Microsoft is out proselytizing for UC again, this time with the launch event for Microsoft Office Communications Server 2007 R2. And the demonstrations of OCS 2007 R2 certainly look impressive. With this release, Microsoft is stressing the economic benefits companies can achieve by implementing a unified communications (UC) infrastructure.
OCS 2007 R2's big new features include enhanced audio conferencing integrated with the overall communications infrastructure, an attendant console for call and conference management, and Session Initiation Protocol (SIP) trunking to eliminate the need for on-premises gateways. The R2 release also features APIs and Microsoft Visual Studio integration to help organizations build custom applications with embedded communications features such as presence information.
The OCS 2007 R2 launch event keynote address includes a demonstration of R2's conferencing abilities. The process of creating meetings has been simplified, and perhaps most impressive, the process to call in to meetings has been improved. Meeting invites include several links so you can choose your method of logging on to the conference, which can include calling in through Microsoft Office Communicator or going to the conference website and having Communicator call your phone.
This latest push for UC could have greater effects due to the economic climate. Microsoft's launch event focused a lot on how implementing OCS 2007 R2 could save companies money, specifically through enhanced communications and the possibility of reduced travel expenses.
I spoke to Gregory Bryant, vice president of Intel's business client group, who participated in the virtual launch event. By implementing OCS 2007 R2, "there's some very hard cost savings that we can get," Bryant said. "As we move to voice over IP only, we can take cost out of the handsets and the client side. We can also obviously reduce our overall audio conferencing budget pretty substantially." Bryant estimates that Intel uses over 1 million conferencing minutes a day, and can reduce costs by 20 percent by using OCS 2007 R2.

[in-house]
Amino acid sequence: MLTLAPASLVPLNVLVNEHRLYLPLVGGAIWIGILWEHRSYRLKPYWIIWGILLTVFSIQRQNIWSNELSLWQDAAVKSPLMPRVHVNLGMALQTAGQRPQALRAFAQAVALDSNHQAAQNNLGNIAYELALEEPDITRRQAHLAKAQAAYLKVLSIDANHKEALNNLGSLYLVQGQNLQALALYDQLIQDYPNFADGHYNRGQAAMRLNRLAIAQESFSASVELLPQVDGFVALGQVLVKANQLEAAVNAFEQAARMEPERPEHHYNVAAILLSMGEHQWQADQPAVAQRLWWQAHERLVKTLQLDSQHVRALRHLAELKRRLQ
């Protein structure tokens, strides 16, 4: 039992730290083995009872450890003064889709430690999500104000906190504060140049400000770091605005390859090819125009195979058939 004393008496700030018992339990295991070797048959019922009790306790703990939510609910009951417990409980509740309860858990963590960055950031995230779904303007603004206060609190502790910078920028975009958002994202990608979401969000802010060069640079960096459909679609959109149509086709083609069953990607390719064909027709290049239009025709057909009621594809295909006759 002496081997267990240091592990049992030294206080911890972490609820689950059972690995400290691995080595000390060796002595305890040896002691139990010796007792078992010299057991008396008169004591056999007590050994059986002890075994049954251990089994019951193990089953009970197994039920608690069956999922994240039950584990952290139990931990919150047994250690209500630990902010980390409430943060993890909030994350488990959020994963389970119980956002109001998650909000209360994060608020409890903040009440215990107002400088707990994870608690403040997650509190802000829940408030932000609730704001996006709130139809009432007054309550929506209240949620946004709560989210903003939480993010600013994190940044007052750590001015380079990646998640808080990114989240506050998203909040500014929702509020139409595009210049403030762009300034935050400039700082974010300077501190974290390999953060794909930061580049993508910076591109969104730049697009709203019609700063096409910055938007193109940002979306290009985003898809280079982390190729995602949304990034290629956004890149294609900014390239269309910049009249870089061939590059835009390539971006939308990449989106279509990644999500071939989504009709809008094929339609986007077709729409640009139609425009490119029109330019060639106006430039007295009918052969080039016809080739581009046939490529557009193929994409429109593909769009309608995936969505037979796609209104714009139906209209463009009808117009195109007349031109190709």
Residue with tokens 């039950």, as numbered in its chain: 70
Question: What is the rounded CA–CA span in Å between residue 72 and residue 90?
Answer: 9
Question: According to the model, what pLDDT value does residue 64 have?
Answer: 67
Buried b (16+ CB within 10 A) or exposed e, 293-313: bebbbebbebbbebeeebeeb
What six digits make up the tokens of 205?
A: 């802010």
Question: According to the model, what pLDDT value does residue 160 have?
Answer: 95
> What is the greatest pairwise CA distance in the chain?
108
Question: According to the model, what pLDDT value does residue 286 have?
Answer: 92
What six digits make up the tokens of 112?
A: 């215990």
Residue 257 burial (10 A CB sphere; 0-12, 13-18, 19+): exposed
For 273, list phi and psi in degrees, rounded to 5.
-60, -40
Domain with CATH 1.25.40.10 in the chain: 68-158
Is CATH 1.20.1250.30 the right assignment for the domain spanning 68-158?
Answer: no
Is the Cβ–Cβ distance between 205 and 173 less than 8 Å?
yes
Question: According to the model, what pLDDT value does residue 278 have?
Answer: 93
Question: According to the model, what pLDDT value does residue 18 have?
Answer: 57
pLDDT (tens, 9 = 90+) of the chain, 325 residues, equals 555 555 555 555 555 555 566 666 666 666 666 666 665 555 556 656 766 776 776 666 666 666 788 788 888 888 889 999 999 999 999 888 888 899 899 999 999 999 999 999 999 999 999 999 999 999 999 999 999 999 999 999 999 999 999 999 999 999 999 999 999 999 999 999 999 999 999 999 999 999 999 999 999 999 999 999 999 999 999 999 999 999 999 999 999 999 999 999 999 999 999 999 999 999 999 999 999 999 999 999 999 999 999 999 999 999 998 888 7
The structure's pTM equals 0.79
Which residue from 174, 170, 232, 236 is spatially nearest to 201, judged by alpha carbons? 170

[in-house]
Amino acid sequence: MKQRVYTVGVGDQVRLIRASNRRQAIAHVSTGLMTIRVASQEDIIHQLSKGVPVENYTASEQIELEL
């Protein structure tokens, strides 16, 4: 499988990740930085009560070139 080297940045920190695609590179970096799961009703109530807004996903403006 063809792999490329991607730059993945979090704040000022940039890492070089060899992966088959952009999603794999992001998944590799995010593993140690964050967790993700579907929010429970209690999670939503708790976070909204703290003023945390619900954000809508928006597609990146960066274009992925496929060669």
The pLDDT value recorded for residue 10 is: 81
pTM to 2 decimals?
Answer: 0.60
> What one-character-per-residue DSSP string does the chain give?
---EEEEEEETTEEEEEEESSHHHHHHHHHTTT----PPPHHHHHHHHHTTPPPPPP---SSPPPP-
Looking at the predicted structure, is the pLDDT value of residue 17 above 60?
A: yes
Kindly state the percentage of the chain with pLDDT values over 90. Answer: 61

The possibility of reduced travel expenses also is a big selling point for UC and Microsoft's OCS 2007 R2. Features such as video conferencing, cross-platform shared desktops, and group chat can greatly reduce the need for face-to-face meetings. So using all the capabilities of OCS can actually enhance productivity while reducing costs. As Bryant said, his end users on OCS 2007 R2 "can save a lot of time and money because of the way it's integrated in the applications they use."
The OCS 2007 R2 virtual launch site has many other resources to explore, such as case studies and in-depth breakout sessions. You can also get a quick list of OCS 2007 R2's new features on Microsoft's website.
It seems as though companies have been slow to adopt UC solutions—certainly slower than Microsoft might have wished. Are organizations going to be more willing now, given necessary budget cuts including staff reductions and reduced travel expenses, to implement a UC solution? Do you find the investment and work of upgrading your communications systems worth the efficiency gains you receive? I'd love to hear your thoughts—leave a comment below to let us know how UC fits in with your plans.